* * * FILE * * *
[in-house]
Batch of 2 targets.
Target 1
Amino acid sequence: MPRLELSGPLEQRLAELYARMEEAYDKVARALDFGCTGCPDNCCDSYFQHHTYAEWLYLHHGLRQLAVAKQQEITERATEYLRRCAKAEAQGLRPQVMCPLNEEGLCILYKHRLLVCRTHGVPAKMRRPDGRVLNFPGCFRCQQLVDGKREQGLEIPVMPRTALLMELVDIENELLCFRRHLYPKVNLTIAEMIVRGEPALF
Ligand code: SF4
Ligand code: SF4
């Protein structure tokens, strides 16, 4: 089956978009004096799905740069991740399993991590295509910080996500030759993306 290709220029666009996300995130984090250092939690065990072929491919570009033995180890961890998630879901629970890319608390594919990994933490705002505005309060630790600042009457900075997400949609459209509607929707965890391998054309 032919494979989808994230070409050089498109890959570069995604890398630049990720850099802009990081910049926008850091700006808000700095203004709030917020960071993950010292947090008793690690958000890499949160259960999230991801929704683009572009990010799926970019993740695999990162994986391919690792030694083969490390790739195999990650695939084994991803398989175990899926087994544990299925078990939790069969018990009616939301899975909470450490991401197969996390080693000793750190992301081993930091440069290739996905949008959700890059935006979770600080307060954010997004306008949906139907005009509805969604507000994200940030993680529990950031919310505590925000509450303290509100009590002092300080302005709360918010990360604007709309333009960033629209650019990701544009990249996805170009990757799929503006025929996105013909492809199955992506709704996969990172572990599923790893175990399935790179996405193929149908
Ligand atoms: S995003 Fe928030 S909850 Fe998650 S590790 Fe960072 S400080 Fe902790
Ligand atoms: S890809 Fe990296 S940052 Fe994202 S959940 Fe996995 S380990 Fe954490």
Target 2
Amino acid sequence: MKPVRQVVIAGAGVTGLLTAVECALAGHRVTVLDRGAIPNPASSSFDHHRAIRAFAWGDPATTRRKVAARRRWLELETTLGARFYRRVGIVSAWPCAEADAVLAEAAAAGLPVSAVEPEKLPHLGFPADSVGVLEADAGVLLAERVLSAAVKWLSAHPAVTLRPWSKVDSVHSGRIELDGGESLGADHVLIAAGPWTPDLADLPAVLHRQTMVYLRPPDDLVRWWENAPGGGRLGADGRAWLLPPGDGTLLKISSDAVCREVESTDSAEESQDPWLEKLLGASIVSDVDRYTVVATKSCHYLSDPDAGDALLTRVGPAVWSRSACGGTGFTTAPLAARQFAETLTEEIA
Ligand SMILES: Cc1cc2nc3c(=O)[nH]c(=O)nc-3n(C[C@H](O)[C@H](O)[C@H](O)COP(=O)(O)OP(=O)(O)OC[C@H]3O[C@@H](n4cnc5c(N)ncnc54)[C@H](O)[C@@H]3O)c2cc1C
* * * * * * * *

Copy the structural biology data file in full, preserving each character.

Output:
[in-house]
Batch of 2 targets.
Target 1
Amino acid sequence: MPRLELSGPLEQRLAELYARMEEAYDKVARALDFGCTGCPDNCCDSYFQHHTYAEWLYLHHGLRQLAVAKQQEITERATEYLRRCAKAEAQGLRPQVMCPLNEEGLCILYKHRLLVCRTHGVPAKMRRPDGRVLNFPGCFRCQQLVDGKREQGLEIPVMPRTALLMELVDIENELLCFRRHLYPKVNLTIAEMIVRGEPALF
Ligand code: SF4
Ligand code: SF4
């Protein structure tokens, strides 16, 4: 089956978009004096799905740069991740399993991590295509910080996500030759993306 290709220029666009996300995130984090250092939690065990072929491919570009033995180890961890998630879901629970890319608390594919990994933490705002505005309060630790600042009457900075997400949609459209509607929707965890391998054309 032919494979989808994230070409050089498109890959570069995604890398630049990720850099802009990081910049926008850091700006808000700095203004709030917020960071993950010292947090008793690690958000890499949160259960999230991801929704683009572009990010799926970019993740695999990162994986391919690792030694083969490390790739195999990650695939084994991803398989175990899926087994544990299925078990939790069969018990009616939301899975909470450490991401197969996390080693000793750190992301081993930091440069290739996905949008959700890059935006979770600080307060954010997004306008949906139907005009509805969604507000994200940030993680529990950031919310505590925000509450303290509100009590002092300080302005709360918010990360604007709309333009960033629209650019990701544009990249996805170009990757799929503006025929996105013909492809199955992506709704996969990172572990599923790893175990399935790179996405193929149908
Ligand atoms: S995003 Fe928030 S909850 Fe998650 S590790 Fe960072 S400080 Fe902790
Ligand atoms: S890809 Fe990296 S940052 Fe994202 S959940 Fe996995 S380990 Fe954490």
Target 2
Amino acid sequence: MKPVRQVVIAGAGVTGLLTAVECALAGHRVTVLDRGAIPNPASSSFDHHRAIRAFAWGDPATTRRKVAARRRWLELETTLGARFYRRVGIVSAWPCAEADAVLAEAAAAGLPVSAVEPEKLPHLGFPADSVGVLEADAGVLLAERVLSAAVKWLSAHPAVTLRPWSKVDSVHSGRIELDGGESLGADHVLIAAGPWTPDLADLPAVLHRQTMVYLRPPDDLVRWWENAPGGGRLGADGRAWLLPPGDGTLLKISSDAVCREVESTDSAEESQDPWLEKLLGASIVSDVDRYTVVATKSCHYLSDPDAGDALLTRVGPAVWSRSACGGTGFTTAPLAARQFAETLTEEIA
Ligand SMILES: Cc1cc2nc3c(=O)[nH]c(=O)nc-3n(C[C@H](O)[C@H](O)[C@H](O)COP(=O)(O)OP(=O)(O)OC[C@H]3O[C@@H](n4cnc5c(N)ncnc54)[C@H](O)[C@@H]3O)c2cc1C